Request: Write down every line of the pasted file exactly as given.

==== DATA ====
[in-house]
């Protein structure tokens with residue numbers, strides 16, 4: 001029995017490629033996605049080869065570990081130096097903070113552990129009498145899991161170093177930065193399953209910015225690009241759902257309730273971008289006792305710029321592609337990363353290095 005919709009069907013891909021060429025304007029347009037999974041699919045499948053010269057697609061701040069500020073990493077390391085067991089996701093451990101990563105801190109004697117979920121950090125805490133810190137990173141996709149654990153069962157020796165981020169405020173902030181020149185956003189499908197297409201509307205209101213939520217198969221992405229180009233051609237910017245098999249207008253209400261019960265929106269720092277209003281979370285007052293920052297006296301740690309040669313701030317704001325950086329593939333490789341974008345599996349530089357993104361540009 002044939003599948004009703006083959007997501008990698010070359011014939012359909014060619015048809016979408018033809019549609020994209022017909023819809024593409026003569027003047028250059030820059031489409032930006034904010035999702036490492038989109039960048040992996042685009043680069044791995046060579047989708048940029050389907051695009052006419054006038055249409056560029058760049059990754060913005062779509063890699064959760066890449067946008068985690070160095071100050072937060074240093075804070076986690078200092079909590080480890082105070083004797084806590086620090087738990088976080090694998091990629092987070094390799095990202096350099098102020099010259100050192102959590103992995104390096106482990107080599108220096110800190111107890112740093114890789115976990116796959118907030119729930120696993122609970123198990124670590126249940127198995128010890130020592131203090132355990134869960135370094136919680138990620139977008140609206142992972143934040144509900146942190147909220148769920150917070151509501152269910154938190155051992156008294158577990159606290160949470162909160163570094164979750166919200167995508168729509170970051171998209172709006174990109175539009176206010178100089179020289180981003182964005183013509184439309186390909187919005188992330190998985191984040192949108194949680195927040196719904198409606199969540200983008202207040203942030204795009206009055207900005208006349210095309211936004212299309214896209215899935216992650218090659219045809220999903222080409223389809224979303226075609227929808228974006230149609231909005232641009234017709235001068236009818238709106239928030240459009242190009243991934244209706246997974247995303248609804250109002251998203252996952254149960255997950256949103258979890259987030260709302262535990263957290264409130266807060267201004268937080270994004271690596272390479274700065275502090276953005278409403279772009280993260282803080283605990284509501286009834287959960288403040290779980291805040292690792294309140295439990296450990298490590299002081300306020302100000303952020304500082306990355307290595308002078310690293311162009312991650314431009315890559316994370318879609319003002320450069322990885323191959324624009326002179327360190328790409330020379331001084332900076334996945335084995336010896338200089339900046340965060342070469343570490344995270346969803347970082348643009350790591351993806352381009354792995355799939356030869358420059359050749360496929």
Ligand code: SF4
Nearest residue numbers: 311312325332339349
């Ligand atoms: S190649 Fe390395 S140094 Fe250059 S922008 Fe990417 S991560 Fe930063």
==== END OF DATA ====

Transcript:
[in-house]
């Protein structure tokens with residue numbers, strides 16, 4: 001029995017490629033996605049080869065570990081130096097903070113552990129009498145899991161170093177930065193399953209910015225690009241759902257309730273971008289006792305710029321592609337990363353290095 005919709009069907013891909021060429025304007029347009037999974041699919045499948053010269057697609061701040069500020073990493077390391085067991089996701093451990101990563105801190109004697117979920121950090125805490133810190137990173141996709149654990153069962157020796165981020169405020173902030181020149185956003189499908197297409201509307205209101213939520217198969221992405229180009233051609237910017245098999249207008253209400261019960265929106269720092277209003281979370285007052293920052297006296301740690309040669313701030317704001325950086329593939333490789341974008345599996349530089357993104361540009 002044939003599948004009703006083959007997501008990698010070359011014939012359909014060619015048809016979408018033809019549609020994209022017909023819809024593409026003569027003047028250059030820059031489409032930006034904010035999702036490492038989109039960048040992996042685009043680069044791995046060579047989708048940029050389907051695009052006419054006038055249409056560029058760049059990754060913005062779509063890699064959760066890449067946008068985690070160095071100050072937060074240093075804070076986690078200092079909590080480890082105070083004797084806590086620090087738990088976080090694998091990629092987070094390799095990202096350099098102020099010259100050192102959590103992995104390096106482990107080599108220096110800190111107890112740093114890789115976990116796959118907030119729930120696993122609970123198990124670590126249940127198995128010890130020592131203090132355990134869960135370094136919680138990620139977008140609206142992972143934040144509900146942190147909220148769920150917070151509501152269910154938190155051992156008294158577990159606290160949470162909160163570094164979750166919200167995508168729509170970051171998209172709006174990109175539009176206010178100089179020289180981003182964005183013509184439309186390909187919005188992330190998985191984040192949108194949680195927040196719904198409606199969540200983008202207040203942030204795009206009055207900005208006349210095309211936004212299309214896209215899935216992650218090659219045809220999903222080409223389809224979303226075609227929808228974006230149609231909005232641009234017709235001068236009818238709106239928030240459009242190009243991934244209706246997974247995303248609804250109002251998203252996952254149960255997950256949103258979890259987030260709302262535990263957290264409130266807060267201004268937080270994004271690596272390479274700065275502090276953005278409403279772009280993260282803080283605990284509501286009834287959960288403040290779980291805040292690792294309140295439990296450990298490590299002081300306020302100000303952020304500082306990355307290595308002078310690293311162009312991650314431009315890559316994370318879609319003002320450069322990885323191959324624009326002179327360190328790409330020379331001084332900076334996945335084995336010896338200089339900046340965060342070469343570490344995270346969803347970082348643009350790591351993806352381009354792995355799939356030869358420059359050749360496929």
Ligand code: SF4
Nearest residue numbers: 311312325332339349
């Ligand atoms: S190649 Fe390395 S140094 Fe250059 S922008 Fe990417 S991560 Fe930063």